Mi’kmaq History Month

When the English arrived in Mi’kma’ki (the Mi’kmaq homeland that includes present-day Nova Scotia, Prince Edward Island, central and eastern New Mi'kmaq History MonthBrunswick, the Gaspe Peninsula and Newfoundland) the Mi’kmaq and the Crown signed treaties of peace and friendship so they could live in harmony and peace. This is what is meant when you hear “we are all treaty people”. Learn more about those treaties here.

The 1752 Treaty showed the Crown’s intentions to make peace, provide trading posts, and protect the land and way of life for the Mi’kmaw people. The Treaty also designated October 1st as the date on which the Mi’kmaw people would receive gifts from the Crown to “renew their friendship and submissions.”

While any time is a good time to learn more about history, October is a good time to remind you to learn more about the history of the land where we live – and the stewards of that land, the Mi’kmaw people. This online map is a great place to learn the Mik’maq names of the places where we live.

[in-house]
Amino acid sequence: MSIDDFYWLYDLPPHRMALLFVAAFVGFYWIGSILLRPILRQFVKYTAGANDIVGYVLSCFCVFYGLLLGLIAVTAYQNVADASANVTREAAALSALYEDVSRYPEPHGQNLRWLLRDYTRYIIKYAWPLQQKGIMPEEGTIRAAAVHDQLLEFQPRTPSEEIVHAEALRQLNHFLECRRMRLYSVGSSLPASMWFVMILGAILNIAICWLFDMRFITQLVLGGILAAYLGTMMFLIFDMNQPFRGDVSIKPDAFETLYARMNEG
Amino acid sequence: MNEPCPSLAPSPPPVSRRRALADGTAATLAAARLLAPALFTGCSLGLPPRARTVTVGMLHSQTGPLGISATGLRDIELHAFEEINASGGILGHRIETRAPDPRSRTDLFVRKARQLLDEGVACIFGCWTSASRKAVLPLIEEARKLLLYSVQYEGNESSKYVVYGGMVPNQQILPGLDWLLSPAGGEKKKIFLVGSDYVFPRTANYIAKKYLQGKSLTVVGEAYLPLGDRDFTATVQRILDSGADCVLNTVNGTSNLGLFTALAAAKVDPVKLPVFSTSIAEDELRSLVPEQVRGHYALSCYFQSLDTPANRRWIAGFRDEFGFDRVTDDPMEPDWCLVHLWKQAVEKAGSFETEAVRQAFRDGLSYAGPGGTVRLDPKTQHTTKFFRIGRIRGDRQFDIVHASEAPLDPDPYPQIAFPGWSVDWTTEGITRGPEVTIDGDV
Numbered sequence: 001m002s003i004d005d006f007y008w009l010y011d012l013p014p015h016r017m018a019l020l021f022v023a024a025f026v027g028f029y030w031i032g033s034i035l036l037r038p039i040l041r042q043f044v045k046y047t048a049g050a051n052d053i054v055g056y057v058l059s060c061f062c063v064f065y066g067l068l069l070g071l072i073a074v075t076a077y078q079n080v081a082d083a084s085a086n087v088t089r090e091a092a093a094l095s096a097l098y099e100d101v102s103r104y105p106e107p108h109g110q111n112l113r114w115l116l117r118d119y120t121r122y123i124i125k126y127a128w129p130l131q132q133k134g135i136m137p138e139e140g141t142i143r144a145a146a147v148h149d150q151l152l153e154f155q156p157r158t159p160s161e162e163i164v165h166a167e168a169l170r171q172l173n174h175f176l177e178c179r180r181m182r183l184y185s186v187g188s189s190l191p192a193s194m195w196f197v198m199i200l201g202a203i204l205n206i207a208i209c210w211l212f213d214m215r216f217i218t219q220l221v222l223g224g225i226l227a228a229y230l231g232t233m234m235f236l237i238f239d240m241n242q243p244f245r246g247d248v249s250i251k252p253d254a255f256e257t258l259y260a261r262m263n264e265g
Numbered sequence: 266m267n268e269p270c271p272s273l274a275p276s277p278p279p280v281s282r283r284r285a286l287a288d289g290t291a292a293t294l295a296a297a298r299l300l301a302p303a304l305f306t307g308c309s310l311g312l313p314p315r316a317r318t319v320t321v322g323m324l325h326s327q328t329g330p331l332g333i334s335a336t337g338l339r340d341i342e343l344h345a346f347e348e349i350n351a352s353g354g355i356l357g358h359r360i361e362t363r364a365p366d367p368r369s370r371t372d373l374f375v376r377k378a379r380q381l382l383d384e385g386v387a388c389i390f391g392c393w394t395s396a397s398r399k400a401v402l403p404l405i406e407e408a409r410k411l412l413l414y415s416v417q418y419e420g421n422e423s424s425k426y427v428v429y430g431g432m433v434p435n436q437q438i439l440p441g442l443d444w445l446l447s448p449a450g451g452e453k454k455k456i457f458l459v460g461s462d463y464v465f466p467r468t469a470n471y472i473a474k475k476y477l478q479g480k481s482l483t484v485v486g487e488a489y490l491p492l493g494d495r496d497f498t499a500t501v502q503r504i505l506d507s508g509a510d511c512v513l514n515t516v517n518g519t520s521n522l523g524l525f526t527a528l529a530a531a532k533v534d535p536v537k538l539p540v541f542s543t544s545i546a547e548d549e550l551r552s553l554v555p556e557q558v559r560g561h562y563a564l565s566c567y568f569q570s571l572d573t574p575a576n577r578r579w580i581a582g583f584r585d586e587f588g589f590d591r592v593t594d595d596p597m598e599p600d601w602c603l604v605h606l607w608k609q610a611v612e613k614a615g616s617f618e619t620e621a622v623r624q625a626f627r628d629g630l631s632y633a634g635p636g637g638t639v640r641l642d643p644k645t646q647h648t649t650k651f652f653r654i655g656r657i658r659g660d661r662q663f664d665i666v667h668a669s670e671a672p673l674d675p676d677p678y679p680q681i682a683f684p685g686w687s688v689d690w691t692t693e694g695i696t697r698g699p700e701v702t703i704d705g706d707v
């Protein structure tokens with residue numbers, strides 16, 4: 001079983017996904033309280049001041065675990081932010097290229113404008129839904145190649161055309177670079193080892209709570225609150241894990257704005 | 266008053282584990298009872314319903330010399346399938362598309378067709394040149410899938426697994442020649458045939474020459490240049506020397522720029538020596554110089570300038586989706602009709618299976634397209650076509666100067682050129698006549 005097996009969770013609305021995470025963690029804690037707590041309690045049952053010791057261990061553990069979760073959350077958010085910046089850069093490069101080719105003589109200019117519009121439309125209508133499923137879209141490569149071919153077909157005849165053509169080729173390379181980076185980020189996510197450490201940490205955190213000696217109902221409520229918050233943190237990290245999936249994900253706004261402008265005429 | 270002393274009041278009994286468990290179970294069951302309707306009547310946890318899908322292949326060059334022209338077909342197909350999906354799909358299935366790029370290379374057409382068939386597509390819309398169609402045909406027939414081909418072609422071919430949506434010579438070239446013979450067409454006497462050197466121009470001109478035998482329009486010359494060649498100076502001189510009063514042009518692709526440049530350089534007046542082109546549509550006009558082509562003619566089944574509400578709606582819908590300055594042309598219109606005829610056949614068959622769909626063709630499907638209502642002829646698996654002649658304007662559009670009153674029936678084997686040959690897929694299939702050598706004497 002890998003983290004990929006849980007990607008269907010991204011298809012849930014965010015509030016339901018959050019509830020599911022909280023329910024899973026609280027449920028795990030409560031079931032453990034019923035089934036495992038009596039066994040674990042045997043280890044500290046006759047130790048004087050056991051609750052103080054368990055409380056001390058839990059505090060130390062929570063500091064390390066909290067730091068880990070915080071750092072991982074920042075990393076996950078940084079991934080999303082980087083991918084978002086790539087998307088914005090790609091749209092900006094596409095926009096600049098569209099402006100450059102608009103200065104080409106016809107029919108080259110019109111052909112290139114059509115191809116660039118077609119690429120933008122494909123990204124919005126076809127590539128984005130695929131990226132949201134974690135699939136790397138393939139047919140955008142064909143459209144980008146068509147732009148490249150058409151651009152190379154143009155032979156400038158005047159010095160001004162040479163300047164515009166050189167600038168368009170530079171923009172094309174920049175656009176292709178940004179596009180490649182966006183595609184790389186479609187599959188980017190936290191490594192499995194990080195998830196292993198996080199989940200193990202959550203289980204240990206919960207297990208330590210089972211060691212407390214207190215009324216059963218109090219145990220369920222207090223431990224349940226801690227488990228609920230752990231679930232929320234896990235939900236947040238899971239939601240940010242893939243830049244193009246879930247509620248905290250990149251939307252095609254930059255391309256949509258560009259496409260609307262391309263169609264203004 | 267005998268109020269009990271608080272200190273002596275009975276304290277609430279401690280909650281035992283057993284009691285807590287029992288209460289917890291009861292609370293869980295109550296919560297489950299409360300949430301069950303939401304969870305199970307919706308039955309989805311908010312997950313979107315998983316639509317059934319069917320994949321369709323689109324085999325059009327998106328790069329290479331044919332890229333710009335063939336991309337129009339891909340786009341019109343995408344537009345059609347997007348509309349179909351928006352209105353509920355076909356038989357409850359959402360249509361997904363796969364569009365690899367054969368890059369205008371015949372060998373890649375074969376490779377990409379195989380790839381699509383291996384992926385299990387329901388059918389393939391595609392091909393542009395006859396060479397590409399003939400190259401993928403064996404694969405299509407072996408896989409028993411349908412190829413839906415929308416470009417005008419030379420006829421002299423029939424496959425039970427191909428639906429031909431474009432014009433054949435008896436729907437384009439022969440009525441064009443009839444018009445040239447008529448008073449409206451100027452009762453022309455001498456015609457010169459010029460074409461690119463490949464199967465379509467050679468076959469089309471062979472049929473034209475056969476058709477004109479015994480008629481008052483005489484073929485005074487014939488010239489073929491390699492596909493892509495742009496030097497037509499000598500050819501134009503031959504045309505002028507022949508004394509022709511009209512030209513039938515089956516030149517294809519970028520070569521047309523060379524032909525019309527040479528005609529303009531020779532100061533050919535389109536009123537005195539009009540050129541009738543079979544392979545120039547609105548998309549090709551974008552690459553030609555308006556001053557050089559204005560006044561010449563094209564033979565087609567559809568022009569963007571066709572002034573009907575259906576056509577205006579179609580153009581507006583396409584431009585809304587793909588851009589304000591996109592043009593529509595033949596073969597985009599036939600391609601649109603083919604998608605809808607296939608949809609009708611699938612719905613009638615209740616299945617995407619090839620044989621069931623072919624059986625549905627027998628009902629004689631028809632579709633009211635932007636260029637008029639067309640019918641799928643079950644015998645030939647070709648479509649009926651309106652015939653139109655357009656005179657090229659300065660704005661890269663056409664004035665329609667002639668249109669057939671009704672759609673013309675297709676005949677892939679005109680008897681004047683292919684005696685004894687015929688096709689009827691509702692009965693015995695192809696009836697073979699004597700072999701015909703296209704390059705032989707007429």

The theme this year is Plant Knowledge and Use. This year’s poster draws on this knowledge and highlights the significance of plants, not just as a source of food but as an integral part of Netukulimk – our way of life. Posters are available in Mi’kmaw, English, and French on the Mi’kmaq History Month Website.

 

Books at the Library:

A couple of great books that would be perfect for this month are Braiding Sweetgrass by Robin Wall Kimmerer and Medicinal Herbs of Eastern Canada by Brenda Jones .

We’ve got a whole list of Indigenous Voices books.

For kids, we have compiled a list of First Nations books. A great one from this list is from Theresa MeuseL'nu'k, the people : Mi'kmaw history, culture, and heritage.

We are hoping to launch our Moving Through project this month, with a display of books and an art piece created by Bear River youth. Keep an eye out for this exciting project which will be on display first at the Annapolis Royal library.

AVRL would like to acknowledge that our libraries are located on the unceded lands of  Mi’kma’ki , the traditional territory of the Mi’kmaq. We honour the Mi’kmaq people who have taken care of this land.

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